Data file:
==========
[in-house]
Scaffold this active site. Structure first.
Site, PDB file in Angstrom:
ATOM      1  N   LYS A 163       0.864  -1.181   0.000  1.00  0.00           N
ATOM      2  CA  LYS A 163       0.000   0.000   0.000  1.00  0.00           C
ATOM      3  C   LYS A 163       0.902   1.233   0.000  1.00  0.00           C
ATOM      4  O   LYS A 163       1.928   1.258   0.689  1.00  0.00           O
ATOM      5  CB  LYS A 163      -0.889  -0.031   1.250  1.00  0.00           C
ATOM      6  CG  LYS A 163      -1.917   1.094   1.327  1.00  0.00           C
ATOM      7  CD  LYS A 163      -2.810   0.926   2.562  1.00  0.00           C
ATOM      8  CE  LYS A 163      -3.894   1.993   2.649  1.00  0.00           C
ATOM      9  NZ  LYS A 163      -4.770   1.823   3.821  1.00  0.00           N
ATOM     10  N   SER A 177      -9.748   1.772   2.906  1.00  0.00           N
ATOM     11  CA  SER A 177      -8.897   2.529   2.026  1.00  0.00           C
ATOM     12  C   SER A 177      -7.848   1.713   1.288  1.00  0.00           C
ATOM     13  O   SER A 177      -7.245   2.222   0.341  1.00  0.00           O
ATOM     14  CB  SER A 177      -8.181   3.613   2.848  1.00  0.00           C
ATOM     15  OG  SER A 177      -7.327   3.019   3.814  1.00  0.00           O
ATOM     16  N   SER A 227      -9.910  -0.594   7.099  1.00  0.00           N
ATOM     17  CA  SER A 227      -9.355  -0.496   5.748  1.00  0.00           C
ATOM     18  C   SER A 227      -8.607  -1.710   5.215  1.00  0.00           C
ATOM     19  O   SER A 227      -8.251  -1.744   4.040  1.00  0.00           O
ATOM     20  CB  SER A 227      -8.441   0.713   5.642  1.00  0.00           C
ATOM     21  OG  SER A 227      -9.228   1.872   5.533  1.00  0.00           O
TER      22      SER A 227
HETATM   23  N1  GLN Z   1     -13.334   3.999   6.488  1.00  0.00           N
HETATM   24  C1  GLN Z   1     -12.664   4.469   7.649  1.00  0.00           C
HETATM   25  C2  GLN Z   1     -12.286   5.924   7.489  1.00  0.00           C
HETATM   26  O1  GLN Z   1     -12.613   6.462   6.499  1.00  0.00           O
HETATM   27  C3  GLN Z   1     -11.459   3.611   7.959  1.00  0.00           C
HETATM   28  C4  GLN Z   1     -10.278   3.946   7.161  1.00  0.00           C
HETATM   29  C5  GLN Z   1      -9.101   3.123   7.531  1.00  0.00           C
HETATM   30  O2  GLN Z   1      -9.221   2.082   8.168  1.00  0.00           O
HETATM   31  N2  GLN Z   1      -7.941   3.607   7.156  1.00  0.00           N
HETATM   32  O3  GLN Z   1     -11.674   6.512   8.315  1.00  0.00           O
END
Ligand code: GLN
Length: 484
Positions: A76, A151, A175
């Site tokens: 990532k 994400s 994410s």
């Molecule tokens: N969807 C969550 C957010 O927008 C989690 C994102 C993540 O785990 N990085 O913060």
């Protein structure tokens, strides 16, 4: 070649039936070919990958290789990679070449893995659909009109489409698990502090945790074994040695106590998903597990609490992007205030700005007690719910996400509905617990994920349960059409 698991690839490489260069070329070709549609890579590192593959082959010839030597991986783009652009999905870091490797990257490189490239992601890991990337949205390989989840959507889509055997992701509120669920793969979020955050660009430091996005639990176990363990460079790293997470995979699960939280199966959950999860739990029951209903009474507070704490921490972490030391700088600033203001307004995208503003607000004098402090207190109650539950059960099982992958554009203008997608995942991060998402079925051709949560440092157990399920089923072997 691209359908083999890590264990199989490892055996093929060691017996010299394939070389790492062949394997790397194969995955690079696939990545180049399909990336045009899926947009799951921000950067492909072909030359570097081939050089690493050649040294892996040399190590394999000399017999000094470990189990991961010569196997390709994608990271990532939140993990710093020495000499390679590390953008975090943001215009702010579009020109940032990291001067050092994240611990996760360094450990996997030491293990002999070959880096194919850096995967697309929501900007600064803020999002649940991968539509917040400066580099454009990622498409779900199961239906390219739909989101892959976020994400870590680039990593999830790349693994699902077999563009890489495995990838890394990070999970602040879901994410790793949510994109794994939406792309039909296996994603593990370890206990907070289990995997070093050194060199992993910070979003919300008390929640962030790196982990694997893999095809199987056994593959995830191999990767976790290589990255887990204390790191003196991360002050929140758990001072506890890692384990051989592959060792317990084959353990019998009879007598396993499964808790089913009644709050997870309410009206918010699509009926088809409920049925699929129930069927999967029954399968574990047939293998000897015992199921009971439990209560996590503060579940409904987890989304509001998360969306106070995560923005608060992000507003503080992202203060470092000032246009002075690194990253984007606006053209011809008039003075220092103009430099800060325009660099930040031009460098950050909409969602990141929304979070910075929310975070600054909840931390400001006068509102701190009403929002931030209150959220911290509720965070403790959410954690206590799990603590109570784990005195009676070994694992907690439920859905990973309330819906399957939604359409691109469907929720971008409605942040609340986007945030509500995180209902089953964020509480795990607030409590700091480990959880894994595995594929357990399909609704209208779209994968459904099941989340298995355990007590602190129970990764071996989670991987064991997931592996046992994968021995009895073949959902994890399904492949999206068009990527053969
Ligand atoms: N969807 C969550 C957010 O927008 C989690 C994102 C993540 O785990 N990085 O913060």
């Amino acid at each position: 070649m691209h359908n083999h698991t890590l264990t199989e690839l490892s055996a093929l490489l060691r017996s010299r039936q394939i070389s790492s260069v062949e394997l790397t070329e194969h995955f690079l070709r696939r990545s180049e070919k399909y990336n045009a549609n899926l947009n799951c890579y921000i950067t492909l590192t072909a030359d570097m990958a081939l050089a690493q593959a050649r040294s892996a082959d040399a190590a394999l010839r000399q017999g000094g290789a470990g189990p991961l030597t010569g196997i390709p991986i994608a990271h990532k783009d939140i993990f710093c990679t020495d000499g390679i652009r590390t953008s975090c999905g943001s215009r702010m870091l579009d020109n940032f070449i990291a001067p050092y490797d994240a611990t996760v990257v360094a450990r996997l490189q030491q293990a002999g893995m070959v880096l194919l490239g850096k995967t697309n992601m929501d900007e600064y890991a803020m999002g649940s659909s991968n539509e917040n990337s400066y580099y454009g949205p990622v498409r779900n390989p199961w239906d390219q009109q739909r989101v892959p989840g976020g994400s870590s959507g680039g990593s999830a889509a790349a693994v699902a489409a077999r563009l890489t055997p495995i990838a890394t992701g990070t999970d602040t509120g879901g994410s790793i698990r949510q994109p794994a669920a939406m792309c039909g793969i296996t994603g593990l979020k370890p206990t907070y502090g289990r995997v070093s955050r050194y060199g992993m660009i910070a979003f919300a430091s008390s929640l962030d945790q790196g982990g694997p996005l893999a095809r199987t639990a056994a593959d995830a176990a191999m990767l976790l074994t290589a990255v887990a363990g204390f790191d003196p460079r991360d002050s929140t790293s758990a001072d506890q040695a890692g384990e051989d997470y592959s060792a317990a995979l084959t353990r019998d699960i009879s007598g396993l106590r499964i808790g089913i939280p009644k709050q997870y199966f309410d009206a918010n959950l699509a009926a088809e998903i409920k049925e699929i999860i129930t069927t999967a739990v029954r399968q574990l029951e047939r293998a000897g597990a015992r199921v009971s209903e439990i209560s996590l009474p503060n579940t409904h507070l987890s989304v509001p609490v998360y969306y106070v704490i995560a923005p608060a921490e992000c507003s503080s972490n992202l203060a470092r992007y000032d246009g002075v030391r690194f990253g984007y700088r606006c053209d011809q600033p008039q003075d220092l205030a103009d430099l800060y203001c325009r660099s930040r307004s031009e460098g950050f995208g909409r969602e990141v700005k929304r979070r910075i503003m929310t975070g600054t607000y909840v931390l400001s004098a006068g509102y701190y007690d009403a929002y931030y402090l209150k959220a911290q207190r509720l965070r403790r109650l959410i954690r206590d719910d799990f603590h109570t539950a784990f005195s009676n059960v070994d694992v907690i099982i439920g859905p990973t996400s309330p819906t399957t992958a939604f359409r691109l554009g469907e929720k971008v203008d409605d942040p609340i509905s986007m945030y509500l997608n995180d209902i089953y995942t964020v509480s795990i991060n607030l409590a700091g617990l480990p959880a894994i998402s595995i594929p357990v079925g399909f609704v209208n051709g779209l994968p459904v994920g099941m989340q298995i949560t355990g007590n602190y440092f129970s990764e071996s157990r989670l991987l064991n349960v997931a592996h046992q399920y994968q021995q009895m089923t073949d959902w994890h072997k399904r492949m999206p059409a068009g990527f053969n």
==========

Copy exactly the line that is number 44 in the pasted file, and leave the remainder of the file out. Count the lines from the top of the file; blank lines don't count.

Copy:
């Amino acid at each position: 070649m691209h359908n083999h698991t890590l264990t199989e690839l490892s055996a093929l490489l060691r017996s010299r039936q394939i070389s790492s260069v062949e394997l790397t070329e194969h995955f690079l070709r696939r990545s180049e070919k399909y990336n045009a549609n899926l947009n799951c890579y921000i950067t492909l590192t072909a030359d570097m990958a081939l050089a690493q593959a050649r040294s892996a082959d040399a190590a394999l010839r000399q017999g000094g290789a470990g189990p991961l030597t010569g196997i390709p991986i994608a990271h990532k783009d939140i993990f710093c990679t020495d000499g390679i652009r590390t953008s975090c999905g943001s215009r702010m870091l579009d020109n940032f070449i990291a001067p050092y490797d994240a611990t996760v990257v360094a450990r996997l490189q030491q293990a002999g893995m070959v880096l194919l490239g850096k995967t697309n992601m929501d900007e600064y890991a803020m999002g649940s659909s991968n539509e917040n990337s400066y580099y454009g949205p990622v498409r779900n390989p199961w239906d390219q009109q739909r989101v892959p989840g976020g994400s870590s959507g680039g990593s999830a889509a790349a693994v699902a489409a077999r563009l890489t055997p495995i990838a890394t992701g990070t999970d602040t509120g879901g994410s790793i698990r949510q994109p794994a669920a939406m792309c039909g793969i296996t994603g593990l979020k370890p206990t907070y502090g289990r995997v070093s955050r050194y060199g992993m660009i910070a979003f919300a430091s008390s929640l962030d945790q790196g982990g694997p996005l893999a095809r199987t639990a056994a593959d995830a176990a191999m990767l976790l074994t290589a990255v887990a363990g204390f790191d003196p460079r991360d002050s929140t790293s758990a001072d506890q040695a890692g384990e051989d997470y592959s060792a317990a995979l084959t353990r019998d699960i009879s007598g396993l106590r499964i808790g089913i939280p009644k709050q997870y199966f309410d009206a918010n959950l699509a009926a088809e998903i409920k049925e699929i999860i129930t069927t999967a739990v029954r399968q574990l029951e047939r293998a000897g597990a015992r199921v009971s209903e439990i209560s996590l009474p503060n579940t409904h507070l987890s989304v509001p609490v998360y969306y106070v704490i995560a923005p608060a921490e992000c507003s503080s972490n992202l203060a470092r992007y000032d246009g002075v030391r690194f990253g984007y700088r606006c053209d011809q600033p008039q003075d220092l205030a103009d430099l800060y203001c325009r660099s930040r307004s031009e460098g950050f995208g909409r969602e990141v700005k929304r979070r910075i503003m929310t975070g600054t607000y909840v931390l400001s004098a006068g509102y701190y007690d009403a929002y931030y402090l209150k959220a911290q207190r509720l965070r403790r109650l959410i954690r206590d719910d799990f603590h109570t539950a784990f005195s009676n059960v070994d694992v907690i099982i439920g859905p990973t996400s309330p819906t399957t992958a939604f359409r691109l554009g469907e929720k971008v203008d409605d942040p609340i509905s986007m945030y509500l997608n995180d209902i089953y995942t964020v509480s795990i991060n607030l409590a700091g617990l480990p959880a894994i998402s595995i594929p357990v079925g399909f609704v209208n051709g779209l994968p459904v994920g099941m989340q298995i949560t355990g007590n602190y440092f129970s990764e071996s157990r989670l991987l064991n349960v997931a592996h046992q399920y994968q021995q009895m089923t073949d959902w994890h072997k399904r492949m999206p059409a068009g990527f053969n």